Front Page Titles (by Subject) A Letter from M. de la Lindelle to M. de Voltaire. - The Works of Voltaire, Vol. VIII The Dramatic Works Part 1 (Mérope, Olympia, The Orphan of China, Brutus) and Part II (Mahomet, Amelia, Oedipus, Mariamne, Socrates).
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A Letter from M. de la Lindelle to M. de Voltaire. - Voltaire, The Works of Voltaire, Vol. VIII The Dramatic Works Part 1 (Mérope, Olympia, The Orphan of China, Brutus) and Part II (Mahomet, Amelia, Oedipus, Mariamne, Socrates). 
The Works of Voltaire. A Contemporary Version. A Critique and Biography by John Morley, notes by Tobias Smollett, trans. William F. Fleming (New York: E.R. DuMont, 1901). In 21 vols. Vol. VIII The Dramatic Works Part 1 (Mérope, Olympia, The Orphan of China, Brutus) and Part II (Mahomet, Amelia, Oedipus, Mariamne, Socrates).
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A Letter from M. de la Lindelle to M. de Voltaire.
You had the politeness to dedicate your tragedy of “Mérope” to M. Maffei, and have served the cause of literature both in Italy and France, by pointing out, from the perfect knowledge which you have of the theatre, the different rules and conduct of the Italian and French stages. The partial attachment which you have to everything that comes from Italy, added to your particular regard for M. Maffei, would not permit you to censure the real faults of that excellent writer; but as I have myself nothing in view but truth, and the advancement of the arts, I shall not be afraid to speak the sentiments of the judicious public, and which I am satisfied must be yours also.
The Abbé Desfontaines had already remarked some palpable errors in the “Mérope” of M. Maffei; but, according to his usual manner, with more rudeness than justice, he has mingled a few good criticisms with many bad ones. This satirist, so universally decried, had neither knowledge enough of the Italian tongue, nor taste enough to form an equitable judgment.
This, then, is the opinion of the most judicious amongst those literati whom I have consulted, both in France and on the other side of the Alps. “Mérope” appears to every one of them, past dispute, the most interesting and truly tragic subject that was ever brought on the stage, infinitely beyond that of “Athalie”; because Athalie does not want to assassinate the young king, but is deceived by the High-Priest, who seeks revenge on her for her former crimes: whereas in Mérope we see a mother, who, in avenging her son, is on the point of murdering that very son himself, her only desire, and her only hope: the interest of “Mérope” therefore affects us in a very different manner from that of “Athalie”: but it seems as if M. Maffei was satisfied with what the subject naturally suggested to him, without making use of any theatrical art in the conduct of it.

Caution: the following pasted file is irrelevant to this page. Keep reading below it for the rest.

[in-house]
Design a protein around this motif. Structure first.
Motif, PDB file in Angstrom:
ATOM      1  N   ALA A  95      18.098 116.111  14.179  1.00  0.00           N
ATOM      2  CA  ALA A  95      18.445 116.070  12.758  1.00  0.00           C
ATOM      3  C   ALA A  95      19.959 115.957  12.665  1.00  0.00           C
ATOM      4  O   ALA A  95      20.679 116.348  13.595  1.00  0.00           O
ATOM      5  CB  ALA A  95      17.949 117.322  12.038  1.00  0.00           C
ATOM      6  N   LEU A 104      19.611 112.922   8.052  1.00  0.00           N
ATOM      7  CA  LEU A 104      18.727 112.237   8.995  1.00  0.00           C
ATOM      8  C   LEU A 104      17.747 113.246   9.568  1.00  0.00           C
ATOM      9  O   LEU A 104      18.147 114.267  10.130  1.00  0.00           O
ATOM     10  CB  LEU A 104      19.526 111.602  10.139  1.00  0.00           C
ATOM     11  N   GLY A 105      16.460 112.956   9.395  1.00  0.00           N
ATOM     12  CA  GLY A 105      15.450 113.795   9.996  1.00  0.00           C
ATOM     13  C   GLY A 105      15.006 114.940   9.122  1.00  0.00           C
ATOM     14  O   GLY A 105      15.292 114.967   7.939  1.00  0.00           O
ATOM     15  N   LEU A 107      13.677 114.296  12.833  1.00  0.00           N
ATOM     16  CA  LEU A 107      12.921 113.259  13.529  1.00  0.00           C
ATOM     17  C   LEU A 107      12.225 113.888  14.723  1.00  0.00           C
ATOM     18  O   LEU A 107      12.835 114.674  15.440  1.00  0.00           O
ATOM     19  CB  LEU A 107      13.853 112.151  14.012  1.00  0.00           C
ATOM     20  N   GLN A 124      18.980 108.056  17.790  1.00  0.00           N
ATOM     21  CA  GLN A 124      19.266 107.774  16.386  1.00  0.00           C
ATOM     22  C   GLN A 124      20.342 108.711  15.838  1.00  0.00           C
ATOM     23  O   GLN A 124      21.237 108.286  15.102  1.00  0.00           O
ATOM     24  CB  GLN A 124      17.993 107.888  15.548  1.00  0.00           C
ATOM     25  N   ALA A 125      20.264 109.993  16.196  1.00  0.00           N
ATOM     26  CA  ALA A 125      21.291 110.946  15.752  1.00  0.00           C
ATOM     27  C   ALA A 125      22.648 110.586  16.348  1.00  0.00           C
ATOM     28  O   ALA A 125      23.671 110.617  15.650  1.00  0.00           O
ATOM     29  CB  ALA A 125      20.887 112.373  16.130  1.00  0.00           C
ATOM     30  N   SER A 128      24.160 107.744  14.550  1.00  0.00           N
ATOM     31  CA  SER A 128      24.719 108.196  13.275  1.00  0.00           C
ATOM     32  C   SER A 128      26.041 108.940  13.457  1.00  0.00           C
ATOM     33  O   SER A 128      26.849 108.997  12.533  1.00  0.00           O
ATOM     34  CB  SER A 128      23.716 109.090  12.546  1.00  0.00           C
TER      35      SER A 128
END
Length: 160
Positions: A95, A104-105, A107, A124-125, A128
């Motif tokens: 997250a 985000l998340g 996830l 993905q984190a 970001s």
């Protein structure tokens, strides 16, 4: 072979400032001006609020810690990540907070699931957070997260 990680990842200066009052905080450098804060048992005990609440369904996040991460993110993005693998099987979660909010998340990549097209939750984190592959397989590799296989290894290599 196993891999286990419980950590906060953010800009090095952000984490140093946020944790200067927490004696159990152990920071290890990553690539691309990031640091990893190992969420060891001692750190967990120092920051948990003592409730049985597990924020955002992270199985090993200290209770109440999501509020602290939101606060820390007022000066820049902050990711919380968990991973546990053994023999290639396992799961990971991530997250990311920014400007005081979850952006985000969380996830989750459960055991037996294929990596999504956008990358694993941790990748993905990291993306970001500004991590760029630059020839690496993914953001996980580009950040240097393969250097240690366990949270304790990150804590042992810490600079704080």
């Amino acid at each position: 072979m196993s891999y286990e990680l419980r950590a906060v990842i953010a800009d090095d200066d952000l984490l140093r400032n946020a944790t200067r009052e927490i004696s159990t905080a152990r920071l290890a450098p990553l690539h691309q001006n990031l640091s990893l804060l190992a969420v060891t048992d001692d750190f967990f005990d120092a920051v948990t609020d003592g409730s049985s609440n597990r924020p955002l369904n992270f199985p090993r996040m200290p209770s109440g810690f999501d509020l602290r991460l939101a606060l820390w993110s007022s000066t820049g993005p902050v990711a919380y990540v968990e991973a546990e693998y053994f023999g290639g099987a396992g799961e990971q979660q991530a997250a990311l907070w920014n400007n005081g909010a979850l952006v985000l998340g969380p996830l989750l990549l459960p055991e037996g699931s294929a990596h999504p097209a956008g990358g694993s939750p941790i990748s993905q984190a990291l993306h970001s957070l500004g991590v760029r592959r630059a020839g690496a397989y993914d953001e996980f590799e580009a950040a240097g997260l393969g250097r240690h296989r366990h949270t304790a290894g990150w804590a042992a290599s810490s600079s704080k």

1. The scenes in many places are not linked together, and the stage is left void; a fault which, in the present age, is looked upon as unpardonable, even in the lowest class of dramatic writers.
2. The actors frequently come in and go out without reason; a fault no less considerable.
3. There is no probability, no dignity, no decorum, no art in the dialogue: in the very first scene we see a tyrant reasoning in the calmest manner with Mérope, whose husband and children he had murdered, and making love to her: this would have been hissed at Paris, even by the poorest judges.
4. While the tyrant is thus ridiculously making love to the old queen, word is brought that they have found a young man who had committed murder; but it does not appear through the whole course of the play who it was he had killed: he pretends it was a thief, who wanted to steal his clothes. How low, little and poor is this! It would not be borne in a farce at a country fair.
5. The captain of the guard, provost, or whatever you call him, examines the murderer, who has a fine ring upon his finger: this scene is quite low comedy, and the style is agreeable to it, and worthy of the scene.
6. The mother immediately supposes that the robber, who was killed, is her son. It is pardonable, no doubt, in a mother to fear everything; but a queen who is a mother should have required better proofs.
7. In the midst of all these fears, the tyrant Poliphontes reasons with Mérope’s waiting-woman about his pretended passion. These cold and indecent scenes, which are only brought in to fill up the act, would never be suffered on a regular stage. You have only, sir, modestly taken notice of one of these scenes, where Mérope’s woman desires the tyrant not to hasten the nuptials; because, she says, her mistress has “an attack of a fever”: but I, sir, will boldly aver, in the name of all the critics, that such a conversation, and such an answer, are only fit for Harlequin’s theatre.
8. I will add, moreover, that when the queen, imagining her son to be dead, tells us she longs to pull the heart out of the murderer’s breast, and tear it with her teeth, she talks more like a cannibal than an afflicted mother; and that decency should be preserved in everything.